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Dean buys White Wave for $189 million

NFM Staff

April 24, 2008

4 Min Read
Dean buys White Wave for $189 million

On May 10, White Wave founder Steve Demos stood before a standing room-only crowd in a packed New York City hotel ballroom and delivered the message he'd waited nearly 30 years to pitch: Operating a business dedicated to the principals of right livelihood and sustainable agriculture can deliver not only spiritual fulfillment, but big-time profits.

Two days before, Demos announced that Dean Foods, the giant Dallas-based dairy and beverage company, had purchased White Wave for $189 million.

For Boulder, Colo.-based White Wave, the purchase means the company will have the financial and physical resources to put more of its soy products—primarily its Silk soy beverage—into more consumers' homes. Dean will provide cash and expertise to expand marketing and manufacturing. The company's 120 dairy and manufacturing facilities scattered throughout 38 states will provide much-needed production facilities for Silk. Currently, White Wave can't meet consumer demand.

Demos started making organic tofu in 1977 in Boulder and built the company into a powerhouse that last year generated $125 million in sales, most attributable to Silk. But White Wave didn't have the money to keep up with national demand and maintain its market lead in the soy milk category.

Dean, which bought a 36 percent stake in 1999, decided to buy all of White Wave because of Silk's astounding sales growth.

"Soy milk is one of the most promising branded growth opportunities in the food and beverage industry today," said Greg Engles, Dean's CEO, in a press release. "... White Wave is well positioned to take advantage of the explosive growth potential that this category holds."

Silk is stocked in 94 percent of U.S. grocery stores and holds a 75 percent market share in the category. But only about 6 percent of American households purchase Silk.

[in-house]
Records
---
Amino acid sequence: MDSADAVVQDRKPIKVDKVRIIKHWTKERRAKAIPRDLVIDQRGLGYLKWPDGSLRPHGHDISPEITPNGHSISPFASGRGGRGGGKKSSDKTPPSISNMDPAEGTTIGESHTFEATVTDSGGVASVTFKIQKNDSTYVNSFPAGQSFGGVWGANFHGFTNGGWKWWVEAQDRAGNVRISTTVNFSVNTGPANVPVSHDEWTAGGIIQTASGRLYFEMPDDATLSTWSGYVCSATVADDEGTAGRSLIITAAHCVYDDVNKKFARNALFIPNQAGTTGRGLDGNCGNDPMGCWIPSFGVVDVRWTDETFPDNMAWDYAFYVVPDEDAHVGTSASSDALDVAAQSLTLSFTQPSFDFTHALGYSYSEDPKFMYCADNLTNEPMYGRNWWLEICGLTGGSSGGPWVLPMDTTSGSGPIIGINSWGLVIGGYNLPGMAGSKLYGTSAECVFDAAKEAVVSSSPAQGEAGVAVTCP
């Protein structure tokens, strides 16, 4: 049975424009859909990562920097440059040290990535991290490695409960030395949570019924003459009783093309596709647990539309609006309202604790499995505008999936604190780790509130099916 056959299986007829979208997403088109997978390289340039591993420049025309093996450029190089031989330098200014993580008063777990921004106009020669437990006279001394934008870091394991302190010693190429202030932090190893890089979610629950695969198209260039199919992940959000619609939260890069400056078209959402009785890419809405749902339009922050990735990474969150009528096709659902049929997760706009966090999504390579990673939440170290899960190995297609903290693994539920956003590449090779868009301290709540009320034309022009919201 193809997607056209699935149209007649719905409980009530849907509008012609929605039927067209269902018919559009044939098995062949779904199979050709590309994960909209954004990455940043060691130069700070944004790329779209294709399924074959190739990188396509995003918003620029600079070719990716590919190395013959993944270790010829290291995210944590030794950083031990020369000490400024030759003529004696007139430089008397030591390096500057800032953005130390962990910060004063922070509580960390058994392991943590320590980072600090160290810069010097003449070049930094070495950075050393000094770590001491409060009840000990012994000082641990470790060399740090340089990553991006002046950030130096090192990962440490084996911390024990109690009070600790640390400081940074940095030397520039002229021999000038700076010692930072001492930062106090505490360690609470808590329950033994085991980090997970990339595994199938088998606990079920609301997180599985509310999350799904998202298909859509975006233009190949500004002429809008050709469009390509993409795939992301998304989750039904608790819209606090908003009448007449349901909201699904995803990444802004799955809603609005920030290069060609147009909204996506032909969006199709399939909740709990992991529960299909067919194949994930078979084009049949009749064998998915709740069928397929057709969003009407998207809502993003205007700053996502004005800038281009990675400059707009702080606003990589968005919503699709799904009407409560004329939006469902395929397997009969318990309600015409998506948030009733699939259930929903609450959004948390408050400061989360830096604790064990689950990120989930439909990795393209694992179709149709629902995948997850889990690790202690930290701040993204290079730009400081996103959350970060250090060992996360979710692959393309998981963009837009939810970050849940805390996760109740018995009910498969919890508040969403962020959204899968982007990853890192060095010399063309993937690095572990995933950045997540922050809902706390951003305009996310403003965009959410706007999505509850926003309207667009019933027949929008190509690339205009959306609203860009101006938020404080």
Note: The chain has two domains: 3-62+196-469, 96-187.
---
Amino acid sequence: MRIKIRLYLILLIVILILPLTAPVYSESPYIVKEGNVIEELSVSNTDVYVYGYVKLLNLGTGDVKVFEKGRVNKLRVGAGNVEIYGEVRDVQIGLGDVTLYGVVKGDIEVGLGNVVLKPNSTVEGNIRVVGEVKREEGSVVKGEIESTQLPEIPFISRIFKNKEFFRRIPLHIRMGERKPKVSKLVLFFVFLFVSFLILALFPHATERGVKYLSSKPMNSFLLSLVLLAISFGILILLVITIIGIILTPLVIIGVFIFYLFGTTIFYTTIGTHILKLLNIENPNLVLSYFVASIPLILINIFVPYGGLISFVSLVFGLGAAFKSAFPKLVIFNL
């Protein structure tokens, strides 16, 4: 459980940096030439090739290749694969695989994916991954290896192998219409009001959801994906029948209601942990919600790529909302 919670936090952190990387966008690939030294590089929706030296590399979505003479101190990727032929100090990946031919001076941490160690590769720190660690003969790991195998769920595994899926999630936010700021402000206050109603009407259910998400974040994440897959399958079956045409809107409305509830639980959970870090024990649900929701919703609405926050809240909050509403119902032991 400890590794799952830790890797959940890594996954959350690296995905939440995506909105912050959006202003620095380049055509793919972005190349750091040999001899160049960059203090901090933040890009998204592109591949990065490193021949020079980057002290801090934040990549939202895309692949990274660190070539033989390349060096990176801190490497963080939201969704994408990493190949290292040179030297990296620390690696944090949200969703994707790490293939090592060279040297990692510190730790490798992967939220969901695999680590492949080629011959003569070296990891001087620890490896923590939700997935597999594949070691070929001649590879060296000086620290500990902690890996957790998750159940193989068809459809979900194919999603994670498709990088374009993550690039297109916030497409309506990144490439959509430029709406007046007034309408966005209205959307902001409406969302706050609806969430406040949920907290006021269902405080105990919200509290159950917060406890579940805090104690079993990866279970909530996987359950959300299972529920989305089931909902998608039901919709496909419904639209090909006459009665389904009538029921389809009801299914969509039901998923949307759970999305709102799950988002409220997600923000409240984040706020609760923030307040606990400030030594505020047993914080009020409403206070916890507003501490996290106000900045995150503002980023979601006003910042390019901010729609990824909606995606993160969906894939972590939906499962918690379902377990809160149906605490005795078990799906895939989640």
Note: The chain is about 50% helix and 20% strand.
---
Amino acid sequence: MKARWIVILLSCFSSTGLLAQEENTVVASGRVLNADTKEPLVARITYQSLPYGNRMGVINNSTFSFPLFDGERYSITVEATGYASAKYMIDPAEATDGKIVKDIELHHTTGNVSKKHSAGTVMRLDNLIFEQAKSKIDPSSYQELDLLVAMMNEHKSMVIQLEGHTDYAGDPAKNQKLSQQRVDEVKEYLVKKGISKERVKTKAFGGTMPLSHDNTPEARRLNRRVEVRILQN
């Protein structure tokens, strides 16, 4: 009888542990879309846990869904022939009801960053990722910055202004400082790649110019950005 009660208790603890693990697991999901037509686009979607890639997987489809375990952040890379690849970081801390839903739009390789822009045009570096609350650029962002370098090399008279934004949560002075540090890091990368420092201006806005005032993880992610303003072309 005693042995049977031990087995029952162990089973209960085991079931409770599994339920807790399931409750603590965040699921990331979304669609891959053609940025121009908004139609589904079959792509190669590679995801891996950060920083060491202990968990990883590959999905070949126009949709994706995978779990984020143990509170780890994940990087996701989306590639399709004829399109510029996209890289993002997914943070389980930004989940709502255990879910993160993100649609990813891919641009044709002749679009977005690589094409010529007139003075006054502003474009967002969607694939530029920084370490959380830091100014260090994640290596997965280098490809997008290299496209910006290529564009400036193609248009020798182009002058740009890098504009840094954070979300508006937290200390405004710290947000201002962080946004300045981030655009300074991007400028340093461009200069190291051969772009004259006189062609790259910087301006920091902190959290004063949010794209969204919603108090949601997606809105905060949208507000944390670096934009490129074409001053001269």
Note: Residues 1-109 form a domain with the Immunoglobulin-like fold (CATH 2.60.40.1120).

"We know there are 25 million households interested in trying [natural] products," Demos said. "We are capable of quadrupling sales. There aren't many brands that generate $450 million in revenue."

The sale of White Wave was not a surprise for those who follow the industry closely; the price fetched by Demos, however, did raise the eyebrows of analysts. Adam Ismail, a consultant with Health Business Partners in Providence, R.I., said that Dean paid a premium for White Wave. Including Dean's previous investment in White Wave, he estimates it placed a value of about $295 million on White Wave, more than double annual sales. During the past few years, other functional food companies have sold for just more than the annual sales amount, Ismail said.

"White Wave has maintained significant sales growth while most other companies have slowed," Ismail said. "Dean Foods is smart to pay that much because they're getting lots of growth. There aren't a lot of companies out there like that."

Besides growth in North America, Ismail believes that Dean will help drive growth in the European market where soy milk is not as well known.

"International is a very untapped market. There's great potential there," he said.

White Wave must continue to be aggressive because it will soon face more competition from major companies. The joint venture between General Mills and DuPont, 8th Continent, is test-marketing a soy beverage on the East Coast.

The relationship betwen White Wave and Dean had been clouded for about a year since Dean merged with Suiza. White Wave sued Dean demanding its shares back because Suiza has its own soy beverage, Sun Soy, that competes with Silk. Early this year, Demos, who was troubled by the situation, called Engles to discuss the pending litigation. The two executives met in Boulder and quickly settled the matter.

Longtime White Wave employees were rewarded for their service. Demos spread the wealth, distributing about $9.5 million, 5 percent of the sale proceeds to his co-workers.

Demos and his management team will remain in Boulder and continue to run White Wave the way they always have, based on Demos' belief in "business without guilt."

"Our initial mission was to change how people eat, and we've accomplished that to a degree," Demos said. "Now Dean Foods has invested in our philosophy, in our culture and in our way of doing business. We have the better business model based upon principles, ethics and supporting sustainable agriculture. And from that they'll see very serious profits."

Natural Foods Merchandiser volume XXIII/number 6/p. 7

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